Part of the theatre’s Creative/Disruption 18 season, Arcola Ala Turka’s newest show Seven Husbands for Hürmüz is an energetic staging of Sadık Şendil’s classic play. Naz Yeni’s direction brings this farce to life with energy, and even though at times the action becomes muddled and overwhelming, the overall experience is fun and quite enjoyable.
Set at the end of the 19th Century in Istanbul, at a time when it was not unusual for men to have more than one wife, Hürmüz has managed to wed a total of six men, each unaware of one another’s existence. Her situation is pretty comfortable, and she is able to take advantage of their salaries, and the fact that many live outside of the city. But when Hürmüz falls madly in love with a doctor, her web of lies begins to untangle, triggering a series of fantastically ridiculous events.
The start of the play isn’t very promising as it kicks off with a confusing play-within-a-play concept which is never revisited at the end. Some characters are mentioned but never appear again, and many of the performers rush through their lines, not waiting long enough for jokes to land. But once the actual story of Hürmüz gets going, the performers are in their element, and the cast of around 30 brings to life this show with great energy. With such a large cast, the small studio space at the Arcola Theatre feels claustrophobic at times, particularly when everyone is on stage at once. That being said, I do understand that in this style of Turkish theatre, the lively musical numbers work better with the whole team on stage – even though it can be overwhelming.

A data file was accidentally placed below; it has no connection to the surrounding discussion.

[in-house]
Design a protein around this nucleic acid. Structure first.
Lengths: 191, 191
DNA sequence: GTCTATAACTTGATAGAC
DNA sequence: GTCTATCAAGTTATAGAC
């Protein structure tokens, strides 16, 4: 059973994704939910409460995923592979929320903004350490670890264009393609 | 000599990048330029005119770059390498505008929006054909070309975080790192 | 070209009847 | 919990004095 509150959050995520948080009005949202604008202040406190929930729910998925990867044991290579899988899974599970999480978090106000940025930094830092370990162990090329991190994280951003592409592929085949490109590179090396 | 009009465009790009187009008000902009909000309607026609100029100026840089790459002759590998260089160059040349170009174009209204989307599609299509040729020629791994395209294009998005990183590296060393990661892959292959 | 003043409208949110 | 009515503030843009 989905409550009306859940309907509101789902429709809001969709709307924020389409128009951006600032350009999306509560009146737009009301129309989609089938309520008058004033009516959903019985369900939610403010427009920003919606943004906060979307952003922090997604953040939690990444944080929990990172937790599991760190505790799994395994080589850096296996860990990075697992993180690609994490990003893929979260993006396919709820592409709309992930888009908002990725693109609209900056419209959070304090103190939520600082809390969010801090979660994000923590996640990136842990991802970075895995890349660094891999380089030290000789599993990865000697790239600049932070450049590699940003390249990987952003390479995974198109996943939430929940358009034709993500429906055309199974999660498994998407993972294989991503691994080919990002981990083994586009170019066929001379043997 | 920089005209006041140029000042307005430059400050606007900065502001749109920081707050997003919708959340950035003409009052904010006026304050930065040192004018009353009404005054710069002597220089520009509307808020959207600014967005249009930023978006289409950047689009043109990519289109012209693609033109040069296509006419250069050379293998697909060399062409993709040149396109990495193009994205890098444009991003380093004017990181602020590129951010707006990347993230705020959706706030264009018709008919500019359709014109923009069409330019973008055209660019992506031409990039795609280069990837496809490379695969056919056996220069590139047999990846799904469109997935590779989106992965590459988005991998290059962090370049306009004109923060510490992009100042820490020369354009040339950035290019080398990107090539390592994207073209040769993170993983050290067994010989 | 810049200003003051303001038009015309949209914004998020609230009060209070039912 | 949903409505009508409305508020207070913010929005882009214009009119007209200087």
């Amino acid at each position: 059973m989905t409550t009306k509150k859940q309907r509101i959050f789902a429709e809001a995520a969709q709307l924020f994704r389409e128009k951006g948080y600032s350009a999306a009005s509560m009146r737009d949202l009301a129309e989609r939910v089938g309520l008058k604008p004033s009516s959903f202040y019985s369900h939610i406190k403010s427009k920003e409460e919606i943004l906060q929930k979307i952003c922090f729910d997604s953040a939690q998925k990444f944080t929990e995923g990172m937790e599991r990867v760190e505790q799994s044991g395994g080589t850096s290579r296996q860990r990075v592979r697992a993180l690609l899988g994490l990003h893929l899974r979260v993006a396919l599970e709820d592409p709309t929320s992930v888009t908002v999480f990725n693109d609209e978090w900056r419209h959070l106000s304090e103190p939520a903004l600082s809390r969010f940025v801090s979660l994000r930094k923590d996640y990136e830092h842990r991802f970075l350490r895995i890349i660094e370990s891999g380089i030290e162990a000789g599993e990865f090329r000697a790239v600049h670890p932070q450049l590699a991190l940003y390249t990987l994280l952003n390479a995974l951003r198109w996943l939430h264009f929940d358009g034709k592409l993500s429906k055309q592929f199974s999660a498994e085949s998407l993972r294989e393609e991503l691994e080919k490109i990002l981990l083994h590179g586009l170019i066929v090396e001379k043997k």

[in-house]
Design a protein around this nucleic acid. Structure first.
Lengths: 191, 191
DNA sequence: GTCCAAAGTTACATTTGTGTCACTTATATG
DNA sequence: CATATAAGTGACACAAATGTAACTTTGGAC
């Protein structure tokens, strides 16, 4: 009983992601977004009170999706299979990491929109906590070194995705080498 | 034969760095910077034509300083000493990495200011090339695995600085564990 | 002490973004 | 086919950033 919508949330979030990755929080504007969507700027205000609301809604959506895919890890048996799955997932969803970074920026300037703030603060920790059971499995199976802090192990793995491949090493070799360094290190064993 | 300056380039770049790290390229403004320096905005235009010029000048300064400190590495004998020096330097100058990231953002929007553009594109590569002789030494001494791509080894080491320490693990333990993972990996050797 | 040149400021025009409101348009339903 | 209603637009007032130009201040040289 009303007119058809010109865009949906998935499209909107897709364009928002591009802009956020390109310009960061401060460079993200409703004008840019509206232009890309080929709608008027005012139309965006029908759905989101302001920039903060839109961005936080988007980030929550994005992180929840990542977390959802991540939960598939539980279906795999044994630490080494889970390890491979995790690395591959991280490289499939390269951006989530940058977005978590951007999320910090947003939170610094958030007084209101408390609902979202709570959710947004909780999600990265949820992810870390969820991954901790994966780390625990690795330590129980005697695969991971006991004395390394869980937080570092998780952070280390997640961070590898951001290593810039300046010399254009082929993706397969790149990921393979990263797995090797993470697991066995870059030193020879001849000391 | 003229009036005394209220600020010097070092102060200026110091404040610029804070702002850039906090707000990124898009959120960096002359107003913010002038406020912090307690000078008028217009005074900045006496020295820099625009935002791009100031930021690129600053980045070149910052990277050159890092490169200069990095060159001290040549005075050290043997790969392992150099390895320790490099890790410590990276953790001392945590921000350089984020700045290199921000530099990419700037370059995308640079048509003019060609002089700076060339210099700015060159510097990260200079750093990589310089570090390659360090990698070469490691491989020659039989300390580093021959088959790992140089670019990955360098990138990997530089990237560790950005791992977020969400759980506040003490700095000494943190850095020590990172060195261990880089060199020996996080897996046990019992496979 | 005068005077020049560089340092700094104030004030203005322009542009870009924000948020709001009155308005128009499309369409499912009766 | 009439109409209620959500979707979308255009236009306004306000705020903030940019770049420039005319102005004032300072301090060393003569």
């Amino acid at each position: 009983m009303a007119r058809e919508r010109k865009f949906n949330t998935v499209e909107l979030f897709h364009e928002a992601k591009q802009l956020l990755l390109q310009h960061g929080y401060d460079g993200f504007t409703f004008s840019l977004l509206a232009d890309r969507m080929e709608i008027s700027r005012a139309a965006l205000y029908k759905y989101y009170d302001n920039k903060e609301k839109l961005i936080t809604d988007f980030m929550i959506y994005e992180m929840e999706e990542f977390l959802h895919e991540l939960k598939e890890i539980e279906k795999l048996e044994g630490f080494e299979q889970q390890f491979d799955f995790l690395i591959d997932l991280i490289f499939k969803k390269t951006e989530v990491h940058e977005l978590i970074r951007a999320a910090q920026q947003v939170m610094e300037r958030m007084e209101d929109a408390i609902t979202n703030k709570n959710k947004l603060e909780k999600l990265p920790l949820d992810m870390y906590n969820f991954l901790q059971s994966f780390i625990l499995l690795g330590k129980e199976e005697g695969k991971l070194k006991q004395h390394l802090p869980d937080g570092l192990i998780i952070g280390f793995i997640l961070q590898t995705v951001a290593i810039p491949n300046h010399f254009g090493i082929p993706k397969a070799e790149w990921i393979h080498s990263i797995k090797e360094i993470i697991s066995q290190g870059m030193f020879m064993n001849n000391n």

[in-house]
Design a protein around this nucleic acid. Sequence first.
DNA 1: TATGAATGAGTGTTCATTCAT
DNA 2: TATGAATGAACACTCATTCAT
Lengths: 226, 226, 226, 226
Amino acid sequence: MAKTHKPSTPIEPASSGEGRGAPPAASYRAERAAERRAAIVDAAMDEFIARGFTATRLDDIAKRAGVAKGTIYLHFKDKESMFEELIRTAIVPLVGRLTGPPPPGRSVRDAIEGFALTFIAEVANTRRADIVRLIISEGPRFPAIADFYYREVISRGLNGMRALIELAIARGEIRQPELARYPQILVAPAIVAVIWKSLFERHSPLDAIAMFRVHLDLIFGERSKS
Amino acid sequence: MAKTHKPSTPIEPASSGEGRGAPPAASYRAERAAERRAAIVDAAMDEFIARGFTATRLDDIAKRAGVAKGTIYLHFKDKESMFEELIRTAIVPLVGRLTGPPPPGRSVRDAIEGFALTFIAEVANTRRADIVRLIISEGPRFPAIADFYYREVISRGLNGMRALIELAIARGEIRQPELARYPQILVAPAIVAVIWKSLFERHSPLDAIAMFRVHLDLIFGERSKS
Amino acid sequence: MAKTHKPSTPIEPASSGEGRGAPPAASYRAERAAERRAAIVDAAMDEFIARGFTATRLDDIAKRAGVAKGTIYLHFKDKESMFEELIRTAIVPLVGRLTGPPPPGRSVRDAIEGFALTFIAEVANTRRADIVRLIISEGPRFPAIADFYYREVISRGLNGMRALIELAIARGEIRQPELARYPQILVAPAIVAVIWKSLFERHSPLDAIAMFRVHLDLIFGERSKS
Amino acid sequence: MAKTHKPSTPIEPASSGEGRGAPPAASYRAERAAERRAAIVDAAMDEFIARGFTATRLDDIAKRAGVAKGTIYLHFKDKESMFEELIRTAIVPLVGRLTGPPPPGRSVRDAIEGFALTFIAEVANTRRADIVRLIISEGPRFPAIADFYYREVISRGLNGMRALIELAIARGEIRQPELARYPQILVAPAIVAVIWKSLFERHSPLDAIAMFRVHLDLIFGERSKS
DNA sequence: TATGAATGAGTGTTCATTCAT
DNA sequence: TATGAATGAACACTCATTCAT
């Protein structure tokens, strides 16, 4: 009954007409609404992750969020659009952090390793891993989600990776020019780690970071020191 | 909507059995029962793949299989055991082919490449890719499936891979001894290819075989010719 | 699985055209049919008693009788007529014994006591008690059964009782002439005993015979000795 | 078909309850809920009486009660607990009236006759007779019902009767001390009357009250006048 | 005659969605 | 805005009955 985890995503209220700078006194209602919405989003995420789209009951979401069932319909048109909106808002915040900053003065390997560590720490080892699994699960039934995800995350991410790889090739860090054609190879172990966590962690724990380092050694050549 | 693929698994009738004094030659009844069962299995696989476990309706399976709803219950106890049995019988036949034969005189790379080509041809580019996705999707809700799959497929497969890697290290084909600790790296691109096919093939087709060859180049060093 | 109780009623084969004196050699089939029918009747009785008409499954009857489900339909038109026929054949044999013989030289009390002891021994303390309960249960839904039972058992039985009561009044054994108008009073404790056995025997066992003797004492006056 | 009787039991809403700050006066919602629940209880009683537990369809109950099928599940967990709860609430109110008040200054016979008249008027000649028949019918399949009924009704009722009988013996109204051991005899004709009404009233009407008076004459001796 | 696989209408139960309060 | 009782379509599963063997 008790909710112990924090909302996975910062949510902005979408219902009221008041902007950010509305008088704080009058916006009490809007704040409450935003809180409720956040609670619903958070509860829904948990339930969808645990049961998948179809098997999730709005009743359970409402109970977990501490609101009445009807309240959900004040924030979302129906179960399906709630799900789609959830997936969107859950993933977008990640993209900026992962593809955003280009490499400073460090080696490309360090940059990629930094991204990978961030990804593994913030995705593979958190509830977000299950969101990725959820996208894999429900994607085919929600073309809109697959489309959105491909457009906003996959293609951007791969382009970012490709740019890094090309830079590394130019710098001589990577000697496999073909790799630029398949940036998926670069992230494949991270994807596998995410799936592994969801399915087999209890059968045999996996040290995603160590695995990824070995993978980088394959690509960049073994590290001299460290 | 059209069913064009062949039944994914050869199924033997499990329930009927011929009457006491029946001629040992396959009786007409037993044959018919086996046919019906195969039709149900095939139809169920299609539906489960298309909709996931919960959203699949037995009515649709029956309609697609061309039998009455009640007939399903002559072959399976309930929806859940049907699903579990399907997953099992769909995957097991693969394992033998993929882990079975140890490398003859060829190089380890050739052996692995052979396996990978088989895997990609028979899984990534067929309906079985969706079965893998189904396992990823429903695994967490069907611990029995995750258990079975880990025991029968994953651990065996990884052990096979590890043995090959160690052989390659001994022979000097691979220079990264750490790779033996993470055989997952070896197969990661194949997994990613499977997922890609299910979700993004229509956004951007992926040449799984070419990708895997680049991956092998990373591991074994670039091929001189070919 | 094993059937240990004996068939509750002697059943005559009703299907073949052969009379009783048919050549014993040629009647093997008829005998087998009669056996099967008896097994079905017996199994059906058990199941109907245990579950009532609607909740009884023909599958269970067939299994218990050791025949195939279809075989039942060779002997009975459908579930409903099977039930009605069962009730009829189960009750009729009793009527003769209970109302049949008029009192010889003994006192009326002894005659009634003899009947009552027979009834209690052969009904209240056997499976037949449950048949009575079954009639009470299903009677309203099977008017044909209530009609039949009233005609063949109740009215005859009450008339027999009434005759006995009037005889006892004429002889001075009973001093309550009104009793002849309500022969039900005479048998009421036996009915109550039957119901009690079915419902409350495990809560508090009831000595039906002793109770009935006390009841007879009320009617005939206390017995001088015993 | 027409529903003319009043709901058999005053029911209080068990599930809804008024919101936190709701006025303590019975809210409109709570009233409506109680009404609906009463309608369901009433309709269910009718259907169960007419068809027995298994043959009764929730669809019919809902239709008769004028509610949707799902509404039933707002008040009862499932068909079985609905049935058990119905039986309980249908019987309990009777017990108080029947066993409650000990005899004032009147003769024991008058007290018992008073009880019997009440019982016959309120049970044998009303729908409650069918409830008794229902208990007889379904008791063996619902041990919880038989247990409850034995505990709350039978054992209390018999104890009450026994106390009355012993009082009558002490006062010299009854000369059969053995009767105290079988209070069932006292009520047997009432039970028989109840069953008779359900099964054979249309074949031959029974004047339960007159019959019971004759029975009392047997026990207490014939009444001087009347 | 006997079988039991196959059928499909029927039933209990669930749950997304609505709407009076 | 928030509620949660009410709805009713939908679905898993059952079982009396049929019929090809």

Within the ensemble, Ada Burke stands out in the title role with her great comic timing and an instantly likeable quality. She’s extremely dynamic on stage, whether she’s wooing a foolish husband or pretending to be a conservative, elderly uncle, she vivaciously brings to life Şendil’s bawdy language. The exaggerated Turkish male stereotypes are also hilarious to see, and it’s interesting to watch how Hürmüz manipulates each of them using their characteristics. Personal highlights include Özgür Boz’s perfectly timed slapstick moments as the Cotton Fluffer, and Şükrü Demir as the simple-minded Memo.
With the music playing a big part in the piece, it is a shame that at times the singing feels awkward to watch. Although almost every scene is concluded with a song, there seems to be a disconnect between the musicians on stage and the actors. Song cues were missed, sometimes notes were off-key, and there was even a point where an actor side-eyed the musicians, making these mistakes very obvious. The most disappointing of all was the bağlama (stringed musical instrument) that remained centre stage throughout the play – it was only played twice and it would have been great to hear more.
The moments of confusion at the beginning of the show and the frustrating musical direction can be forgiven though, purely because of the amount of fun the company are having on stage, which is infectious. For that reason, Arcola Ala Turka’s staging of Seven Husbands for Hürmüz is an enjoyable show,that has hilarious moments of comedy, and displays some genuinely good acting.